America’s Longest Held Prisoner of War: Lessons Learned from the Capture, Prosecution, and Extradition of General Manuel Noriega
Geoffrey S. Corn
South Texas College of Law
Sharon G. Finegan
South Texas College of Law
February 16, 2011
Louisiana Law Review, Vol. 71, 2011
Noriega’s odd journey through the U.S. legal system provides insight into an issue that has been consistently avoided in connection with the current “war on terror”: the consequence of granting wartime captives prisoner of war status and its impact on the ability of the United States to use its criminal law system to hold such captives accountable for their pre-capture conduct. Ironically, Noriega’s saga also triggered a legal battle over the effect of a law enacted by Congress to provide for the trial by military courts of captured al Qaeda and Taliban personnel, the Military Commission Act of 2009. In what can only be considered the final ironic twist of fate for the General, his effort to fight extradition turned on the validity of the MCA’s provision limiting access to judicial remedies for a class enemies captured in a war radically different from the one in which Noriega was captured. Nonetheless, like so many other legal issues related to his status as a U.S. captive, the MCA nullified the last modicum of value Noriega sought to derive from his status as a Prisoner of War prevented him from invoking that status as a barrier to his extradition.
As America’s longest held Prisoner of War (POW), Noriega’s capture, detention, prosecution, and ultimate extradition provide many important lessons in the balance between the protection of POWs and the flexibility afforded to detaining States to address pre-capture misconduct committed by these captives. It is therefore somewhat ironic that in the post-September 11th debates over the relative merits of extending POW status to captured al Qaeda and Taliban personnel, so little attention has been paid to the plight of General Noriega. His ouster from power, capture, trial, conviction, twenty years of incarceration, and most recent efforts to block extradition offer a fascinating insight into the intersection of national security and law, both domestic and international. What was his status upon capture? If a POW, what was the scope of his lawful immunity, and what was his status upon conviction in a domestic criminal court? How did Congress criminalize his conduct in Panama? Did an invasion to bring him to justice implicate due process concerns? Would his extradition violate the Geneva Prisoner of War Convention, and if so, what remedy did the Convention provide for the General?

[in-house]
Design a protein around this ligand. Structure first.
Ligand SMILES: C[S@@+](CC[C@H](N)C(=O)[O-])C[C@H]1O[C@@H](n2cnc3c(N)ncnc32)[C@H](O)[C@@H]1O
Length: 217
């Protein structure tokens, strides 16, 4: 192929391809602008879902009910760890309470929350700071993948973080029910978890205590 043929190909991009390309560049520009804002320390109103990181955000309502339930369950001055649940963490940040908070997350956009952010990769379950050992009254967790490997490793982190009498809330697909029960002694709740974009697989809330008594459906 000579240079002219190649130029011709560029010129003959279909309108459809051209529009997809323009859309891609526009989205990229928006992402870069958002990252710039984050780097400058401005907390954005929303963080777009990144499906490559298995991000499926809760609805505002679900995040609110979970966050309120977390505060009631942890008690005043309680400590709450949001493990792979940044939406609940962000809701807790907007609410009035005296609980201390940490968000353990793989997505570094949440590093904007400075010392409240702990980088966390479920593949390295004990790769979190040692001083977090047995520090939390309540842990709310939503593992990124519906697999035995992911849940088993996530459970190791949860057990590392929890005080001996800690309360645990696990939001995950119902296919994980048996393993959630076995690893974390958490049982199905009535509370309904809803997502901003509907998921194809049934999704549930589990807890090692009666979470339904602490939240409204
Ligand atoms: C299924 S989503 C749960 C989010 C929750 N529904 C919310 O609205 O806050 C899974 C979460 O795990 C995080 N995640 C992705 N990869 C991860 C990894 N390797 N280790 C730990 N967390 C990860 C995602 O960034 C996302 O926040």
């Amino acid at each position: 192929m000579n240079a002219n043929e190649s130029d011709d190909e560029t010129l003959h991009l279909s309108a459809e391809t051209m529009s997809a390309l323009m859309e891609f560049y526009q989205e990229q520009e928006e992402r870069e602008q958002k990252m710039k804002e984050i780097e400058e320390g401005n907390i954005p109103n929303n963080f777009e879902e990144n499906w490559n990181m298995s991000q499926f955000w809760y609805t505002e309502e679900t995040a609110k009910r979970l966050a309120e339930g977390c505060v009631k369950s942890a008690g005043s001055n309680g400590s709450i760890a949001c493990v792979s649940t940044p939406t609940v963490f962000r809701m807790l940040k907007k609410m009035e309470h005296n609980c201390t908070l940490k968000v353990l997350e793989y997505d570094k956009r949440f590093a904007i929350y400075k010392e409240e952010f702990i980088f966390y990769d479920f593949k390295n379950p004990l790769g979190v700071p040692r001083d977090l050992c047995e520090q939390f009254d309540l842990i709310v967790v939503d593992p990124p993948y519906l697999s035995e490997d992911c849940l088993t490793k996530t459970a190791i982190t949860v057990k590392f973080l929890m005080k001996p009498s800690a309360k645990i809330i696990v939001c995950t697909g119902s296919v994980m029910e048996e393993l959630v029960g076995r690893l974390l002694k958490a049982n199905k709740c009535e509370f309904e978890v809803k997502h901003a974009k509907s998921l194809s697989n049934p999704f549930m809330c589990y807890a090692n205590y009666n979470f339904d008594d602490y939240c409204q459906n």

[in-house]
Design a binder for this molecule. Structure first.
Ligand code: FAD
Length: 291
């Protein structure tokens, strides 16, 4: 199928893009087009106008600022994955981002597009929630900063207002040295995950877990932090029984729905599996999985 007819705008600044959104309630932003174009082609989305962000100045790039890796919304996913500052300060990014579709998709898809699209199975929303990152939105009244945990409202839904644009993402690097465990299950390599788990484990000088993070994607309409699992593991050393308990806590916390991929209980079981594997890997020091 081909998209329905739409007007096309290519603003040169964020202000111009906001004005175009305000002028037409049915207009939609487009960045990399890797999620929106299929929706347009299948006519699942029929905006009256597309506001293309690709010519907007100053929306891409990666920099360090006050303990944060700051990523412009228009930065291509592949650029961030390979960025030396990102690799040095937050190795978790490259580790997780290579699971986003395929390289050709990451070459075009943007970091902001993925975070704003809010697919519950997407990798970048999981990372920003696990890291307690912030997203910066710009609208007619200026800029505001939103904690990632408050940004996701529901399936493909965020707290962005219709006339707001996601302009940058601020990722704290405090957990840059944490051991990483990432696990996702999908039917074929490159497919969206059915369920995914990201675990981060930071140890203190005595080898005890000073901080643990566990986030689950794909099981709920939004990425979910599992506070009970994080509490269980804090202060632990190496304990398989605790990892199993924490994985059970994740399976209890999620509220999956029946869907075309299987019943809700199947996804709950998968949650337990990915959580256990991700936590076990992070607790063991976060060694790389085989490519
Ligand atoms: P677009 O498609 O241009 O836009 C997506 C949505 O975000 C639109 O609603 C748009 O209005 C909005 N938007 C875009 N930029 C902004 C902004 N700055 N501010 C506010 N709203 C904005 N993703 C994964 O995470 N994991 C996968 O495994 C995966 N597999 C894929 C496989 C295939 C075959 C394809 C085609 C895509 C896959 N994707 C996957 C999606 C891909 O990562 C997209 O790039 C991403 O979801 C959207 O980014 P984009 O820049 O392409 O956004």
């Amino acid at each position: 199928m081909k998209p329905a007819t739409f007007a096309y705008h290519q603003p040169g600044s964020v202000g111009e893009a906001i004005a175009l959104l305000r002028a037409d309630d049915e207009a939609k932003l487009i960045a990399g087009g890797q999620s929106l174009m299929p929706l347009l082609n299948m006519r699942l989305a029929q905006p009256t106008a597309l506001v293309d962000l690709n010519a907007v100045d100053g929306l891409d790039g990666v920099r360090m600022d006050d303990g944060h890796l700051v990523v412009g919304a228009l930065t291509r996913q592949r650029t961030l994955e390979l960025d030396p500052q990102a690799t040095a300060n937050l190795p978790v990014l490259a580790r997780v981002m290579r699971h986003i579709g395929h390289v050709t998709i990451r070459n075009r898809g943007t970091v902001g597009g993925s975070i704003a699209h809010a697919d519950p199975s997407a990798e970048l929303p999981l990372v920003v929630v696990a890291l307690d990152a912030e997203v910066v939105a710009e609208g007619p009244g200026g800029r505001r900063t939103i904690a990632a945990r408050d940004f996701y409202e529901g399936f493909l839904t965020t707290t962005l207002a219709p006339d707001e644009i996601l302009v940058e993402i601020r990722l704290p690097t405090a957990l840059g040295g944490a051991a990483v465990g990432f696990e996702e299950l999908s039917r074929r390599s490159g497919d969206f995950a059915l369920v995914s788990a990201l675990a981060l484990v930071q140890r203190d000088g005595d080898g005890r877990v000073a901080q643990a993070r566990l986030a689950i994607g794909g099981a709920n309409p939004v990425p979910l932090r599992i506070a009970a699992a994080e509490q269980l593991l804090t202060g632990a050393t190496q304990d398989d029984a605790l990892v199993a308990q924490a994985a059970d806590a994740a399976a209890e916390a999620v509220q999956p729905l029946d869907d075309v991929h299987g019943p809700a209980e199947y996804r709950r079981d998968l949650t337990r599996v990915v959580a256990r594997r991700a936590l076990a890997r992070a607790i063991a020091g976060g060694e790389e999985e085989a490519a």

Through General Noriega’s journey, this article will survey each of these legal issues and the law relied on to resolve them. The authors offer this survey in order to highlight how Noriega’s POW status never really impeded the ability of the United States to address the misconduct it sought to sanction him for. Because the authority to prosecute wartime captives is as important today as it was when the U.S. took Noriega into custody, the authors believe the lesson of Noriega’s experience deserves greater attention, because in many ways it rebuts the flawed assumption that POW status and protection of the nation from individuals who commit pre-capture misconduct directed against the national security interests of the nation are somehow incompatible. Instead, General Noriega’s legal saga will offer insight into the viability of existing law to address the challenge of such captives, even in the context of the contemporary struggle against international terrorism. While the authors do not intend to suggest that these lessons mandate reconsideration of the status of captured al Qaeda and Taliban personnel, it does indicate the fallacy of asserting that extending POW status (or perhaps only combatant immunity) to such enemy belligerents will disable the ability of the nation to address their pre-capture misconduct.
Number of Pages in PDF File: 36
Keywords: Noriega, Prisoner of War, POW, Geneva Convention, Due Process, Extradition, Extraterritorial Jurisdiction
JEL Classification: K33, K14, K10Accepted Paper Series
Date posted: February 18, 2011 ; Last revised: June 1, 2011
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